St Martin-in-the-Fields' former parish burial grounds have largely disappeared as a result of building, with one burial site covered by the National Gallery's northern block, and another by Charing Cross Road. Although the railings between the columns of the church portico date from c.1726, the other churchyard railings are copies made in c.1830 by London iron founders Cottam and Hallen and cast to the pattern already used for the original railings. They were erected to surround the new churchyard created by John Nash's West Strand Improvements, which included the construction of Duncannon Street to the south. To the south of the church an area known as Waterman's Churchyard was 'given up for public improvements' in c.1831, in exchange for which the cost of building new catacombs under St Martin's was met by the Commissioners of Her Majesty's Woods and Forests. The new vaults were consecrated by the Lord Bishop of London on 7 June 1831, and were described in The Sunday Times on 12 June as 'the most capacious structure of the sort in London', going on to report on the opening that 'Crowds of ladies perambulated the vaults for some time, and the whole had more the appearance of a promenade than a grim depository of decomposing mortality'. Part of the churchyard immediately around the church survived, which included a strip on the north side and an area at the east end. This was paved with flagstones and planted with trees by the MPGA and opened to the public in 1887. Used for many years as the site of market stalls, the refurbished paved churchyard provides a new public courtyard, with seating. Near the southern boundary is a memorial drinking fountain to John Law Baker of the Madras Army that was installed in 1866. A granite drinking fountain is also attached to the church railings in the south-east corner of the churchyard adjacent of Adelaide Street, provided in c.1886 through the Metropolitan Free Drinking Fountain and Cattle Trough Association. Given in memory of William Gilson Humphry, vicar of the parish, it was restored in c.1989 when a replica bronze lion mash spout was installed. Another parochial burial ground of St Martin's in Drury Lane was also converted into a small public garden that survives today as Drury Lane Gardens (q.v.). Among famous people buried at St Martin-in-the-Fields were Nell Gwynne and Jack Sheppard.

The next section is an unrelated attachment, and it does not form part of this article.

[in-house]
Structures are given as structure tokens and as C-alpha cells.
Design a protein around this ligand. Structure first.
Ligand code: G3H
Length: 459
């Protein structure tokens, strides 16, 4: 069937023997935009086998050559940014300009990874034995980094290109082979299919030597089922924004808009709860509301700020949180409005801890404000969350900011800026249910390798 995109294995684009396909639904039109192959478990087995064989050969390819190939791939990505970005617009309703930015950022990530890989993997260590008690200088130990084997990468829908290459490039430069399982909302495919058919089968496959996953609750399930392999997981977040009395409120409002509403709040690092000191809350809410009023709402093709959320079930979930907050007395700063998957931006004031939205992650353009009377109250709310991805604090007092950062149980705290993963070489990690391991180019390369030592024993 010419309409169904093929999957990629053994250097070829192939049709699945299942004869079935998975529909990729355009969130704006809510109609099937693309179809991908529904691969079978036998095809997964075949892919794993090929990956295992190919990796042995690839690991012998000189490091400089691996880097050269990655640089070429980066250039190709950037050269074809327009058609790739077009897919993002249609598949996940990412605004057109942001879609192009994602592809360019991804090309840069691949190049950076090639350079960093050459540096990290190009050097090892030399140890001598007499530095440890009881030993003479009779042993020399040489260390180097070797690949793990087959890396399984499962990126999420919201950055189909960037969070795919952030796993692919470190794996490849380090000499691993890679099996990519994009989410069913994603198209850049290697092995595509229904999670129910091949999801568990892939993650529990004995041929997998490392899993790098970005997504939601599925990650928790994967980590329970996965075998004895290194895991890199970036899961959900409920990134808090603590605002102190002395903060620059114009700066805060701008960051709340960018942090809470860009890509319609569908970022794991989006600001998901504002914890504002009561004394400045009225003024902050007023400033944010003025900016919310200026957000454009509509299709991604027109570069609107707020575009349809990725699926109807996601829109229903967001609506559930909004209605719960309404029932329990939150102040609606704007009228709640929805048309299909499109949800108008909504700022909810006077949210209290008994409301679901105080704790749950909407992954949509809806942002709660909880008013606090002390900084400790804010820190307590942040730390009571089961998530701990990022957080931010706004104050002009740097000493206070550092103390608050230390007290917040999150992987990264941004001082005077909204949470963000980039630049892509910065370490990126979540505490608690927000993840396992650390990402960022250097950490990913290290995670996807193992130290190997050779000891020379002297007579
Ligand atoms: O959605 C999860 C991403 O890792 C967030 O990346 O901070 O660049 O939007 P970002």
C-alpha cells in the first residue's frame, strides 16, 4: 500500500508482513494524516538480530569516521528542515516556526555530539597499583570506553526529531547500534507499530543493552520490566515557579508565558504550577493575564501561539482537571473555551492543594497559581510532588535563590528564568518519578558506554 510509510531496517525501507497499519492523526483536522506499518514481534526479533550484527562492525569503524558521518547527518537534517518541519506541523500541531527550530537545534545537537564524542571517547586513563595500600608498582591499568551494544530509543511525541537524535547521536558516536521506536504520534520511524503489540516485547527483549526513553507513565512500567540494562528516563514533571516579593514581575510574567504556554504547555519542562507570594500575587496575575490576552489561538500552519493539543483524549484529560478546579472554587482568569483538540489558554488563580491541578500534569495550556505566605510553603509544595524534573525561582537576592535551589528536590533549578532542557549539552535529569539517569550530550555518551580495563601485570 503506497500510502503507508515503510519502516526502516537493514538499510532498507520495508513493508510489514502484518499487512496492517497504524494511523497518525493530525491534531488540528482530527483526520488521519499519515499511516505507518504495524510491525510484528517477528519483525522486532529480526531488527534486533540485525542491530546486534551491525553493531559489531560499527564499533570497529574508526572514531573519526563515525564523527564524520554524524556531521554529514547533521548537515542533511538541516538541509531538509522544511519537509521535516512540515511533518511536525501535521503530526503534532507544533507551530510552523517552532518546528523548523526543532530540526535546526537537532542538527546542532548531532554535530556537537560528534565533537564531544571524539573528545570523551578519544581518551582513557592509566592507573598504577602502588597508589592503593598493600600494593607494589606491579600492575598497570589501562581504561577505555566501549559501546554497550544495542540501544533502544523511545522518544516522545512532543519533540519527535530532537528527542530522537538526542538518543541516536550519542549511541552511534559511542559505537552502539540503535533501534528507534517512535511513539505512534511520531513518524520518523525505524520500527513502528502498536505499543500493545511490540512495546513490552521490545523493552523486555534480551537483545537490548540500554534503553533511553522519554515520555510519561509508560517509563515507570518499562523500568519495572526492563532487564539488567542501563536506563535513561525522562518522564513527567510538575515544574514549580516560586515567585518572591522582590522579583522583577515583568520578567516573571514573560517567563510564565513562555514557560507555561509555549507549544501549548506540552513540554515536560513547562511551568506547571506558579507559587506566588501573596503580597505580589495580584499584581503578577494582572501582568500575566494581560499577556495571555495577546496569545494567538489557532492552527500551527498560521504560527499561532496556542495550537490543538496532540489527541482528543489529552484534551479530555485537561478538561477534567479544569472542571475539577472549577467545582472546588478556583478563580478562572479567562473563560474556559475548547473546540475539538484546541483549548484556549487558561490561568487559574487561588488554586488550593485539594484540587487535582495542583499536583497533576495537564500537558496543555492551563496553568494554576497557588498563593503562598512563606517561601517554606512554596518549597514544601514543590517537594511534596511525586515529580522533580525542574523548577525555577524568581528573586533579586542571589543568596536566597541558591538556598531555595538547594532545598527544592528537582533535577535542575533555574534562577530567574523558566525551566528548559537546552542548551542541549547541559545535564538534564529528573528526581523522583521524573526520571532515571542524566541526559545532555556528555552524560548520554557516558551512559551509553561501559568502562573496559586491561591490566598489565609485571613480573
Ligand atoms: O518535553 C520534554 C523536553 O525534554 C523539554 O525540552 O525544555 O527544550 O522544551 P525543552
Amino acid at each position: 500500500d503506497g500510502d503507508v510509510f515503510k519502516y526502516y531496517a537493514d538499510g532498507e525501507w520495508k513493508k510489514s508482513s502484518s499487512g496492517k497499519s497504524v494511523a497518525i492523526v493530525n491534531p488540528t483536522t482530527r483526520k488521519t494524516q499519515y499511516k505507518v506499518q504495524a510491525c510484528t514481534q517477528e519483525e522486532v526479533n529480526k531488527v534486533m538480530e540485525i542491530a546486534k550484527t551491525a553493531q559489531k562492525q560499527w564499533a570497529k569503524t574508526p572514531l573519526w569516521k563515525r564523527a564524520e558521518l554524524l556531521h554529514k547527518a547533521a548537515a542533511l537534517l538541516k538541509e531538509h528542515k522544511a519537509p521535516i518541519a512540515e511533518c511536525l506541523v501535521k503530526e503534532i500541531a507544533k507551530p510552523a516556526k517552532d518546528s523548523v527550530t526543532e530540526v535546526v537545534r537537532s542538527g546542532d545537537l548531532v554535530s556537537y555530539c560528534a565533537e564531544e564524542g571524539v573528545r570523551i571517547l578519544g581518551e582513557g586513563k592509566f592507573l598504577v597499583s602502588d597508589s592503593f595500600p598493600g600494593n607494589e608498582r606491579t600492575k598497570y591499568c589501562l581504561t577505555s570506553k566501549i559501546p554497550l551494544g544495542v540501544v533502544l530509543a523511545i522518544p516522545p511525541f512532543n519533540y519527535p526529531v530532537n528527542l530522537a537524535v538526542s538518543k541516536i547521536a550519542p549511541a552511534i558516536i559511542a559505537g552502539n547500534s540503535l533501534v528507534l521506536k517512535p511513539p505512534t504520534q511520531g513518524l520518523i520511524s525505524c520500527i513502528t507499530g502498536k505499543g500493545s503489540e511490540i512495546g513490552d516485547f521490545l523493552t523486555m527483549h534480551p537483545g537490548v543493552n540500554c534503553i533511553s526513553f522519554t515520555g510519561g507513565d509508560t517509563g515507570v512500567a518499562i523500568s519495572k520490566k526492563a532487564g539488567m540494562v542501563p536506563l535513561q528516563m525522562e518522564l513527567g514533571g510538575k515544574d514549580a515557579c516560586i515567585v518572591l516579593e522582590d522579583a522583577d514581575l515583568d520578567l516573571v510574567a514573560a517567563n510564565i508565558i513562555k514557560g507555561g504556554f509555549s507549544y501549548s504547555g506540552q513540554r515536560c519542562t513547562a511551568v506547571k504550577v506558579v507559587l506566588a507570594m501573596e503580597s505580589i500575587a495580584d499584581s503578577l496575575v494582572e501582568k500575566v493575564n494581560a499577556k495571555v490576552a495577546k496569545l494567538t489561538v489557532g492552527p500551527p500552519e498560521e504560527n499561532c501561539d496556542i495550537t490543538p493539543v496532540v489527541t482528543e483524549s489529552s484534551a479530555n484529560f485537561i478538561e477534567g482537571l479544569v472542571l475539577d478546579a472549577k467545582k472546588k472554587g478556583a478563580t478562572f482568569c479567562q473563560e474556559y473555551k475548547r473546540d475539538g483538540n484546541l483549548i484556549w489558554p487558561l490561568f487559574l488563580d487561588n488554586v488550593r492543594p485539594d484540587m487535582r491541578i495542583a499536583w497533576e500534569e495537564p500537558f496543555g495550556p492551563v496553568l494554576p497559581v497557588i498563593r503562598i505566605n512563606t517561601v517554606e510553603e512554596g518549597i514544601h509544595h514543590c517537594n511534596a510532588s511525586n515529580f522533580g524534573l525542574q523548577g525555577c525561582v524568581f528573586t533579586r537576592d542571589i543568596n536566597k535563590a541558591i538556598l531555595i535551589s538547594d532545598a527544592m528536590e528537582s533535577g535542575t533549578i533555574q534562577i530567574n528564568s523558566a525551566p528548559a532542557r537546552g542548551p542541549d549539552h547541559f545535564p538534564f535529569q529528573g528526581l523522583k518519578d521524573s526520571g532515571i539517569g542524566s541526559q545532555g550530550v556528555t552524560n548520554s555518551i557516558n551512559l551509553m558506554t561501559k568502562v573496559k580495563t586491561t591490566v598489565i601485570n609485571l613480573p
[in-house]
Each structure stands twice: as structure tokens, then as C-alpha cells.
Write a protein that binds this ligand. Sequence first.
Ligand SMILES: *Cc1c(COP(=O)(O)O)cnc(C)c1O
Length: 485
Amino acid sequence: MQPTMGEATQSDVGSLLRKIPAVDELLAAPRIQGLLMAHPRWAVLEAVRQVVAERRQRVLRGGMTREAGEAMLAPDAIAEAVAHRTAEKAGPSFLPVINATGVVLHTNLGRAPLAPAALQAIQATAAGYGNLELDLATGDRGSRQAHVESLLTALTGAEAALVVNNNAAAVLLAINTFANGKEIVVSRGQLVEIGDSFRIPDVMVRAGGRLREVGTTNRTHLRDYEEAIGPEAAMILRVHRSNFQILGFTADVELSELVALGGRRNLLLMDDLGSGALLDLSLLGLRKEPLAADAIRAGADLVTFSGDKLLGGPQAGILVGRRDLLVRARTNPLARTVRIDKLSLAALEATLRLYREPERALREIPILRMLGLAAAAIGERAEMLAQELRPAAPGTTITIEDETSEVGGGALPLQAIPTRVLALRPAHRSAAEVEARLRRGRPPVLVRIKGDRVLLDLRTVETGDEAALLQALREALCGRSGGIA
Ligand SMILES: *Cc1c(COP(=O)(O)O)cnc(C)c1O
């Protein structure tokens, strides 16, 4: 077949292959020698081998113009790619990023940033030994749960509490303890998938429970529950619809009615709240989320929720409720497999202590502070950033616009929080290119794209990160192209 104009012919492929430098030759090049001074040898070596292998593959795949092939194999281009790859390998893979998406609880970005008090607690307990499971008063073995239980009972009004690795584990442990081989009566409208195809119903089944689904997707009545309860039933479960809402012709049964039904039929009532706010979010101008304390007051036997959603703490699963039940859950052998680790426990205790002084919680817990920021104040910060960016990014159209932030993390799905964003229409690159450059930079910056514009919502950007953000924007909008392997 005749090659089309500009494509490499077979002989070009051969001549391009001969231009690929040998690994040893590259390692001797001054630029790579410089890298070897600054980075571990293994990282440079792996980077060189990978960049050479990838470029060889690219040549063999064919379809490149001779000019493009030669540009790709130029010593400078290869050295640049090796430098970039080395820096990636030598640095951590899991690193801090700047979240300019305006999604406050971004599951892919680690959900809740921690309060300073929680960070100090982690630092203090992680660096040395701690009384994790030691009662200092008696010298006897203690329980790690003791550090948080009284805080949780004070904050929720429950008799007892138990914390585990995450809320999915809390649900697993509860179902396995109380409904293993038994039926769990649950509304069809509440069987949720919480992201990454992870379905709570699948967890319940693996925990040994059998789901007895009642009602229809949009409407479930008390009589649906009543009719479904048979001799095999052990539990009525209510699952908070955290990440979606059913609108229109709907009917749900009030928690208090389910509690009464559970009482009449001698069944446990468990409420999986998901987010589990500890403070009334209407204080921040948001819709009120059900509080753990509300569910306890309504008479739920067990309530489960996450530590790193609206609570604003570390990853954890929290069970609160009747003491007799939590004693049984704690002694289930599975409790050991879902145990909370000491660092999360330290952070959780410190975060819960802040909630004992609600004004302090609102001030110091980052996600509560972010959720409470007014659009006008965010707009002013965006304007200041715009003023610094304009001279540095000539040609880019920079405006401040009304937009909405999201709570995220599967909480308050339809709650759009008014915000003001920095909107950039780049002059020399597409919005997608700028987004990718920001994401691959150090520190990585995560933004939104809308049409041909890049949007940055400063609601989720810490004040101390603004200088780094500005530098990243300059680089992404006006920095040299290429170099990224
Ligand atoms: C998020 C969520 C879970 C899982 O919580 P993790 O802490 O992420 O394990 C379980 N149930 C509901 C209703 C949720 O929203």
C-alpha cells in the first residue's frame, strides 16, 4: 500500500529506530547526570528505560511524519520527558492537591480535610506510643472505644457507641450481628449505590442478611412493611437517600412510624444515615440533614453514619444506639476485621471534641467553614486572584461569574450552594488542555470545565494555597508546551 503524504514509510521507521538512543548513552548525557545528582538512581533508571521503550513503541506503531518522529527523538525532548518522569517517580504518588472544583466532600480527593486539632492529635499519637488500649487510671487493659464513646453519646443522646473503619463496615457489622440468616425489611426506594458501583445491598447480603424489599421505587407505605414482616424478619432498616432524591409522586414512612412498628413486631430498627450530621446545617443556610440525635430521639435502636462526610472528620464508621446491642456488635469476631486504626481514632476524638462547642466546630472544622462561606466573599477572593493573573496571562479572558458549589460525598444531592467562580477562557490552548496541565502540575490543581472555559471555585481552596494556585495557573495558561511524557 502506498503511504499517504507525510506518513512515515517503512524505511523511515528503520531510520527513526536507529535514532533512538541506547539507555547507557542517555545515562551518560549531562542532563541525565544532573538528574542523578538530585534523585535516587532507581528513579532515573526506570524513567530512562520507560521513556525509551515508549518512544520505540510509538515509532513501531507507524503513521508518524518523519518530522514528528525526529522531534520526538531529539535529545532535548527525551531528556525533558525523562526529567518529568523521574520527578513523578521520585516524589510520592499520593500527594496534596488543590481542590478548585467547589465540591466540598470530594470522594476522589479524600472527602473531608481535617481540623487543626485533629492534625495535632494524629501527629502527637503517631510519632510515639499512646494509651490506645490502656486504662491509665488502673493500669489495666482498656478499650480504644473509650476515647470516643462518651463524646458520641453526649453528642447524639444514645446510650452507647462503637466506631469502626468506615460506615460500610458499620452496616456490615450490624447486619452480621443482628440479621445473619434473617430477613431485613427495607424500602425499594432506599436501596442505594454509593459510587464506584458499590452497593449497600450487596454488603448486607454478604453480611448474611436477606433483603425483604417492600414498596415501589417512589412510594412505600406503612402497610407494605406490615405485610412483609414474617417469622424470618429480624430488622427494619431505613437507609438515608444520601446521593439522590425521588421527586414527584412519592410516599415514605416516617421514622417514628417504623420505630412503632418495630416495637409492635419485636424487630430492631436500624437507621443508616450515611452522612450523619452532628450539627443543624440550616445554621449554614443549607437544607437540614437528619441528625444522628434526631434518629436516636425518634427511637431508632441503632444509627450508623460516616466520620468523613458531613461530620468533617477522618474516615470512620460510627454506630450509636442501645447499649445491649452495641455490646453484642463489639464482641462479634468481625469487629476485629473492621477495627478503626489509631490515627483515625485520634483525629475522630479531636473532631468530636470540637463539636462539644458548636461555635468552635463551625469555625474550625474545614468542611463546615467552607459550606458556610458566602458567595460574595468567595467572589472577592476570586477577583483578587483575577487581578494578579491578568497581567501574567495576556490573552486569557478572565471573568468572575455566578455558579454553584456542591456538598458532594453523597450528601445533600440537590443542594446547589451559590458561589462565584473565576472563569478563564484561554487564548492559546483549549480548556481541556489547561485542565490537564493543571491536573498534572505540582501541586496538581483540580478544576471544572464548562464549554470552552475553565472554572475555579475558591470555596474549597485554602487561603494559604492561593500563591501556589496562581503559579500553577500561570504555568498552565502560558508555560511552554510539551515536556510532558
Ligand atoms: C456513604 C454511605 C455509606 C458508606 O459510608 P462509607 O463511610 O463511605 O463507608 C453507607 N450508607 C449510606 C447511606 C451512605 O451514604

Sources consulted:

Mrs Basil Holmes, 'London Burial Grounds', 1896 pp104-6; Elizabeth Crawford, 'Enterprising Women: The Garretts and their Circle' (Francis Boutle Publishers, 2nd ed. 2009); see history on church website
Grid ref: TQ301805
Size in hectares:
   
On EH National Register : No
EH grade:
Site on EH Heritage at Risk list:
Registered common or village green
on Commons Registration Act 1965:
No
Protected under London Squares
Preservation Act 1931:
No
 
The information below is taken from the relevant Local Authority's planning legislation, which was correct at the time of research but may have been amended in the interim. Please check with the Local Authority for latest planning information.
On Local List:
In Conservation Area: Yes
Conservation Area name: Trafalgar Square
Tree Preservation Order: No
Nature Conservation Area: No
Green Belt: No
Metropolitan Open Land: No
Special Policy Area: Yes - Area of Special Archaeological Priority
Other LA designation: